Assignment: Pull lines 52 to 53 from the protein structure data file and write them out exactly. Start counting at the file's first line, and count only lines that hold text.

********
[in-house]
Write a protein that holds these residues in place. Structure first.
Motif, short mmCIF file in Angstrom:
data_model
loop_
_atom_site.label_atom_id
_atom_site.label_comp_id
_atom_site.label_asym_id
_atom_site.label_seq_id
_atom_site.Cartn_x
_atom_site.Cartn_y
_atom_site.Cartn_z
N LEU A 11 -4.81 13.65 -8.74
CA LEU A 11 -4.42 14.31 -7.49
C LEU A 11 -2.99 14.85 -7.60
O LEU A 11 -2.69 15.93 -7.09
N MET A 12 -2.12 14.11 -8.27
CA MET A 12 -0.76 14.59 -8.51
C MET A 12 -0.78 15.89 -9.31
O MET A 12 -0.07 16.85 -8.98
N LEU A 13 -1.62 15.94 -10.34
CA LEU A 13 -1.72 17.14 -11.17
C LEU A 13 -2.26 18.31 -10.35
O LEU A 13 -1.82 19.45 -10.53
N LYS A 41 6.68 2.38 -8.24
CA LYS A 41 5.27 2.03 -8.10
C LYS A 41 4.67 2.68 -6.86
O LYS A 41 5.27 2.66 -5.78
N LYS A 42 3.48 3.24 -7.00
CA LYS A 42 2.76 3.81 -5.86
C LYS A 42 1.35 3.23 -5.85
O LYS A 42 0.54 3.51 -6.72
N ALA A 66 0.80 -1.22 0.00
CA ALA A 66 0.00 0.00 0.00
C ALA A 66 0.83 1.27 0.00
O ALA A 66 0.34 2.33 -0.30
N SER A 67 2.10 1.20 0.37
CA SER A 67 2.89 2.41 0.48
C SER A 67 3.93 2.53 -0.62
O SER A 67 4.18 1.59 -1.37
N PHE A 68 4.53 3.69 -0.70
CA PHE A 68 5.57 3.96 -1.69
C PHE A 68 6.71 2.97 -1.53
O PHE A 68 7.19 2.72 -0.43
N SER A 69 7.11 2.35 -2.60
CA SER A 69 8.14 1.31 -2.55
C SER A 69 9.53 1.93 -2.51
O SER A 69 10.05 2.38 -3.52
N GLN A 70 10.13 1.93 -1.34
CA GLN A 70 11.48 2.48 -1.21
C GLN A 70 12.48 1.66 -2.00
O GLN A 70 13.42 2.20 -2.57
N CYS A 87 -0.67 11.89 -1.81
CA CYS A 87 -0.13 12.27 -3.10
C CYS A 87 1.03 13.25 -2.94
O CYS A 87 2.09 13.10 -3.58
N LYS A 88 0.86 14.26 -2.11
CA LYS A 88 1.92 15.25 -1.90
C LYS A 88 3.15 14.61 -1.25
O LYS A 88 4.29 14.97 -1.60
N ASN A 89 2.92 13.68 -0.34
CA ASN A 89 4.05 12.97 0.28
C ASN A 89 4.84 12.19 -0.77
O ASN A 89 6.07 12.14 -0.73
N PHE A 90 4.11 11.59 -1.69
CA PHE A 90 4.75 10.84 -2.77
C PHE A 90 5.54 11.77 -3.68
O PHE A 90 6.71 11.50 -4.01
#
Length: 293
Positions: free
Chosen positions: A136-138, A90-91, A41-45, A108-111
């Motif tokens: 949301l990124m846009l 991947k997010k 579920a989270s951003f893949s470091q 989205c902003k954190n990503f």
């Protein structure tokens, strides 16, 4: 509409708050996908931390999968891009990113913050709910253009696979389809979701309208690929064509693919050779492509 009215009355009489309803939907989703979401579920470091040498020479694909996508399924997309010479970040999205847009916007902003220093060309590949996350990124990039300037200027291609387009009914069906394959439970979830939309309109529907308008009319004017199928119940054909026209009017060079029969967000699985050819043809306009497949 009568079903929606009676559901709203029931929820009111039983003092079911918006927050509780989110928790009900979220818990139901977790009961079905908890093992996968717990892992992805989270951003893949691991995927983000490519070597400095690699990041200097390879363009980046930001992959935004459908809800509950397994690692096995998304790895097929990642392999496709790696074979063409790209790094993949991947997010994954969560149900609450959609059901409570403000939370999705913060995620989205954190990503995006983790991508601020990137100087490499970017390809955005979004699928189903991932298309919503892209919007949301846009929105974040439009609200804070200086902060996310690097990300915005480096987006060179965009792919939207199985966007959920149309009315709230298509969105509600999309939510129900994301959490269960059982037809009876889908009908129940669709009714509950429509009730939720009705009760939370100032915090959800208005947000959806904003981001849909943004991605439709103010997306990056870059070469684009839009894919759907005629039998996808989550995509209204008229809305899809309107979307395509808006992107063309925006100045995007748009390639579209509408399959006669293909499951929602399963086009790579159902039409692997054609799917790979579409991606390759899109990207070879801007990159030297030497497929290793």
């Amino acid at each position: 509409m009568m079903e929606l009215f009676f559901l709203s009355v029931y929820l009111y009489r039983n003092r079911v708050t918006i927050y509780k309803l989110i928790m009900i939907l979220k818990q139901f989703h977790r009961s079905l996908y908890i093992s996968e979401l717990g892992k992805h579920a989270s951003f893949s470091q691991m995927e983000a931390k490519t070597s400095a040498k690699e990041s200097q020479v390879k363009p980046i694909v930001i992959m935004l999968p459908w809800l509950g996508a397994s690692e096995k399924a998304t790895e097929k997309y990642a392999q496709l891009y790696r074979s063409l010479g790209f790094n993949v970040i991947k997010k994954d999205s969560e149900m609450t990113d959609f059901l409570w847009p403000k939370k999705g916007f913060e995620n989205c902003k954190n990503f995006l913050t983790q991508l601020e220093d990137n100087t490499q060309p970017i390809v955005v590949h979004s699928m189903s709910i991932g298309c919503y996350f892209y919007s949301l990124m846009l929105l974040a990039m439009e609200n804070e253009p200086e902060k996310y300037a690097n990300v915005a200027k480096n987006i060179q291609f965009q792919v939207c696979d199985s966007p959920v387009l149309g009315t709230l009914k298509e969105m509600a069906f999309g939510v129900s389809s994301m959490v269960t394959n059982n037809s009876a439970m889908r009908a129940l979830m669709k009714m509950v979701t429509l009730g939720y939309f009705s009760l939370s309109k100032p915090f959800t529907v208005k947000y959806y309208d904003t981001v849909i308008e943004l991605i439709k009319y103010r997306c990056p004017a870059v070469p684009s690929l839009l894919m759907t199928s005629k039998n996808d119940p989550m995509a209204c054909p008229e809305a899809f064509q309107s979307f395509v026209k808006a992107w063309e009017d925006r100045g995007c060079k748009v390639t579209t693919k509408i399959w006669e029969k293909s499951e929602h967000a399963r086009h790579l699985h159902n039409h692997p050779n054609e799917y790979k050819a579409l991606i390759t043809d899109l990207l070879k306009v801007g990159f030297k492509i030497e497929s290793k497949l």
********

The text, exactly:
O GLN A 70 13.42 2.20 -2.57
N CYS A 87 -0.67 11.89 -1.81